4 A NEST EGG FOR THE FUTURE

Saving money means you are able to build up a nest egg for the future. If you are a responsible person you will have a retirement scheme of some kind where a portion of your pay goes into the fund. In New Zealand it is called Kiwisaver. I can not stress enough how important it is to be enrolled in Kiwisaver if you are from New Zealand. The government incentives make this scheme a no-brainer. Your country will have its own scheme with it’s benefits.

5 TAKE ADVANTAGE OF SPECIALS

If you have no money then you will not be able to take advantage of specials. That does not mean you should spend money on something for no other reason than it is special. Your own common sense and self-control should be employed here.

6 A DOLLAR SAVED IS A DOLLAR MADE

There is a saying that a dollar saved is a dollar made. The truth is a dollar saved is better than a dollar made because you do not pay tax on a dollar saved which is not the case when you make a dollar. Every dollar which you save can be working hard for you in whatever investment you place it in.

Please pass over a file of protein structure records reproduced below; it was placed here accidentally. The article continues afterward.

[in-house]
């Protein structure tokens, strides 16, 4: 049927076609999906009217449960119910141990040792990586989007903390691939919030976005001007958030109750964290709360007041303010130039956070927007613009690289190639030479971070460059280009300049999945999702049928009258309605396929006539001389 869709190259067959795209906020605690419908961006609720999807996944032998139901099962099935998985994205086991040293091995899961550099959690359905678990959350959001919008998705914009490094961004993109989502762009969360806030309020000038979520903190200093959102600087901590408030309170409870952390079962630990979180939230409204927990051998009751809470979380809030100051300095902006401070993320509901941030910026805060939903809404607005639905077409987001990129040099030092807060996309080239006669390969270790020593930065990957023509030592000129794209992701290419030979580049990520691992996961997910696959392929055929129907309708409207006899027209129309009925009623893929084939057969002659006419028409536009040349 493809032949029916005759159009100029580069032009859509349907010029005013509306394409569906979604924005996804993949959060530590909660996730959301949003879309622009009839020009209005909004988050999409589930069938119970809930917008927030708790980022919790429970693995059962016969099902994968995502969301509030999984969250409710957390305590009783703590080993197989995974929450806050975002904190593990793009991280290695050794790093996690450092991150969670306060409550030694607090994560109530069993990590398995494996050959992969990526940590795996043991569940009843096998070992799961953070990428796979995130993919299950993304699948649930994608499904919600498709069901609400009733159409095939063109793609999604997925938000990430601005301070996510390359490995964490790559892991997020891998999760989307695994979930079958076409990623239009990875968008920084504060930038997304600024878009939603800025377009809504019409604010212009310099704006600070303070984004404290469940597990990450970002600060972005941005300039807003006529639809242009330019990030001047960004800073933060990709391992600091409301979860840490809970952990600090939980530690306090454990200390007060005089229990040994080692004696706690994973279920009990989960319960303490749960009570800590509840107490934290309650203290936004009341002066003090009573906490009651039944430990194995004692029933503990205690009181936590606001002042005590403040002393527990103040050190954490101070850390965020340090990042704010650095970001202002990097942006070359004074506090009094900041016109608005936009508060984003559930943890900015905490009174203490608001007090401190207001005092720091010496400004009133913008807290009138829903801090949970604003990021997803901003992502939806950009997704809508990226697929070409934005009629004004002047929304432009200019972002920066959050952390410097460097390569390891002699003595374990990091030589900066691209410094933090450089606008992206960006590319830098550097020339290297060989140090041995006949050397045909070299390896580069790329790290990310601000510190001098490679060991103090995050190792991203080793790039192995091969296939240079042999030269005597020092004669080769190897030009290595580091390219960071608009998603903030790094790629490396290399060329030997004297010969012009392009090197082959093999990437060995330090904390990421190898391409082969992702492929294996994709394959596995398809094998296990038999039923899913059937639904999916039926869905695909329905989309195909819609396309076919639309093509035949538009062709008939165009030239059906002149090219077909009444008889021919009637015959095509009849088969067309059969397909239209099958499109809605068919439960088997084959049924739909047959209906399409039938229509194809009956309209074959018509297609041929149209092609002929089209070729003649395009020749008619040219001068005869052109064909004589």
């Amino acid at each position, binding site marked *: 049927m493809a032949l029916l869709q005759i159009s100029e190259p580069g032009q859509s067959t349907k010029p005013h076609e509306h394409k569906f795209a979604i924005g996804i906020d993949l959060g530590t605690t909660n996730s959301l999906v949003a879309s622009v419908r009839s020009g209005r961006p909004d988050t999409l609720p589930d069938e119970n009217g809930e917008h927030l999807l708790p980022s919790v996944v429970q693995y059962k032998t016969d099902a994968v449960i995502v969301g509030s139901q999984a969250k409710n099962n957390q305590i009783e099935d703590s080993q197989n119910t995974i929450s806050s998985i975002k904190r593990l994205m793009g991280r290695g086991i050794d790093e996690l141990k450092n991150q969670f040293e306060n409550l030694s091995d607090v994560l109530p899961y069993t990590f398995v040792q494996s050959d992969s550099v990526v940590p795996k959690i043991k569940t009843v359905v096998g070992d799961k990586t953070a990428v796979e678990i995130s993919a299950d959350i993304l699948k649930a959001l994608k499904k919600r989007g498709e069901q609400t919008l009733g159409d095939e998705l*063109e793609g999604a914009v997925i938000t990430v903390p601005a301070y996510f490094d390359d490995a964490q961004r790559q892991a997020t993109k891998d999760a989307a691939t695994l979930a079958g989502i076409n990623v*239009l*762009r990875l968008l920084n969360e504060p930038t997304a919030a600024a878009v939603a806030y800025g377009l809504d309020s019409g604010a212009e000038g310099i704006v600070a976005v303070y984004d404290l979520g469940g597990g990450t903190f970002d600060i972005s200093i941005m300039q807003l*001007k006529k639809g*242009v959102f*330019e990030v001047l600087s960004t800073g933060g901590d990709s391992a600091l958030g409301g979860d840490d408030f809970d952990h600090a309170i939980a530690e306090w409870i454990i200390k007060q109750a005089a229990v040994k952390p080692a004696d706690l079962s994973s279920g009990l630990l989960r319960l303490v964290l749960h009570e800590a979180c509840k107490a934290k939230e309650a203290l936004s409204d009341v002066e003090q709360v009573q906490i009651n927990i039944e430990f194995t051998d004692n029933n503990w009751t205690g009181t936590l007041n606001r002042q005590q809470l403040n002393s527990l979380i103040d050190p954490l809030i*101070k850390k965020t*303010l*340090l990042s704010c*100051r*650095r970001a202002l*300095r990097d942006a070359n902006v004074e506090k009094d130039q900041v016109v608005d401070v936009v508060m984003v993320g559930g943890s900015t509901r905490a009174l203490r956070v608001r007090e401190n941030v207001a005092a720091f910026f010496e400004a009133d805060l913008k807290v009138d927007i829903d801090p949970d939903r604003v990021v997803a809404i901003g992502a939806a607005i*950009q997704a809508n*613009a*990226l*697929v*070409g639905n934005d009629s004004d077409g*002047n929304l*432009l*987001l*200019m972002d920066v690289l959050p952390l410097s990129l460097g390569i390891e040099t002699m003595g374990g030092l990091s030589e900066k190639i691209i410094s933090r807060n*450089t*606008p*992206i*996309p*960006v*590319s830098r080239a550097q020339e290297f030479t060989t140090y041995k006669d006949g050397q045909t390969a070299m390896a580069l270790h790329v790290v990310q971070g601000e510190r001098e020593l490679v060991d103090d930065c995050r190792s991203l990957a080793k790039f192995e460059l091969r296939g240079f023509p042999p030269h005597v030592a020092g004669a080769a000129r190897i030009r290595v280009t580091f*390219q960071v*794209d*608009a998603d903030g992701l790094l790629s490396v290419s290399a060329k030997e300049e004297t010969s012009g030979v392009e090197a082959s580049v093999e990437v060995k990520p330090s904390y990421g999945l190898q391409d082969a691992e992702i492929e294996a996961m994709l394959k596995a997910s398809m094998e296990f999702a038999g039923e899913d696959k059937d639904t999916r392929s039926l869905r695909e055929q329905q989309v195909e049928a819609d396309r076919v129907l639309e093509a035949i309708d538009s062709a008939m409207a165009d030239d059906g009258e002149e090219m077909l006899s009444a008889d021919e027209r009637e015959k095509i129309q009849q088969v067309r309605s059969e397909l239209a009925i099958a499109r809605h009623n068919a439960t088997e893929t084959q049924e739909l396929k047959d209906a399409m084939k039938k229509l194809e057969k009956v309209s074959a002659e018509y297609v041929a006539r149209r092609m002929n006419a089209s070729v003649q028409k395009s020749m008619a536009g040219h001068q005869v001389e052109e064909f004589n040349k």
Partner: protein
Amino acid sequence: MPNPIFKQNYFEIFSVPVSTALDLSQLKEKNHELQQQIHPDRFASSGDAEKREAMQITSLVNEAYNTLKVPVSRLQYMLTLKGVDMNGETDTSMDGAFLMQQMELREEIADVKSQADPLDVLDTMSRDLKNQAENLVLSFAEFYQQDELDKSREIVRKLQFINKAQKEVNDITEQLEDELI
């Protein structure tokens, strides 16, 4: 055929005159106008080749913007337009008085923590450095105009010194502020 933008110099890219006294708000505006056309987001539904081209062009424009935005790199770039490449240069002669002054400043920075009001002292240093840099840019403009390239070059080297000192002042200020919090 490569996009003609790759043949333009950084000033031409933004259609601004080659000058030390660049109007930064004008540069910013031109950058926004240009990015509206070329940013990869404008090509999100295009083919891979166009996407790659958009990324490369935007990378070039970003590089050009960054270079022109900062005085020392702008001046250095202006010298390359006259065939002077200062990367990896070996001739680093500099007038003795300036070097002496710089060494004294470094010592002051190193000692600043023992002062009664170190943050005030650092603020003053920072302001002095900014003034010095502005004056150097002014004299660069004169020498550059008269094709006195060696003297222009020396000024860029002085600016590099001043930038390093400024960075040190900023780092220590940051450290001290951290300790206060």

A competent money manager will not have any room in their vocabulary for such words as debt, credit, credit card, loan, lay-by, or hire purchase. In fact these are all dirty words to the person who wants to get financially ahead.

Having said all of this, there can be times when borrowing money can be worthwhile.

But…

And it is very big but.

You have to be absolutely sure that the payoff is worth your while.

Take a student loan for example; You need to be absolutely sure that the type of job which the course qualifications assist you with is something that you really want to do, otherwise the whole course will be a waste of time and money.

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Internet Banking: Relevance in a Changing World

Surprising, but true – Internet-based activity is not the preserve of the young “digital native” generation alone. A 2008 survey says that Generation X (those born between 1965 and 1976) uses Internet banking significantly more than any other demographic segment, with two thirds of Internet users in this age group banking online.

Gen X users have also professed their preference for applications such as Facebook, to share, connect and be part of a larger community.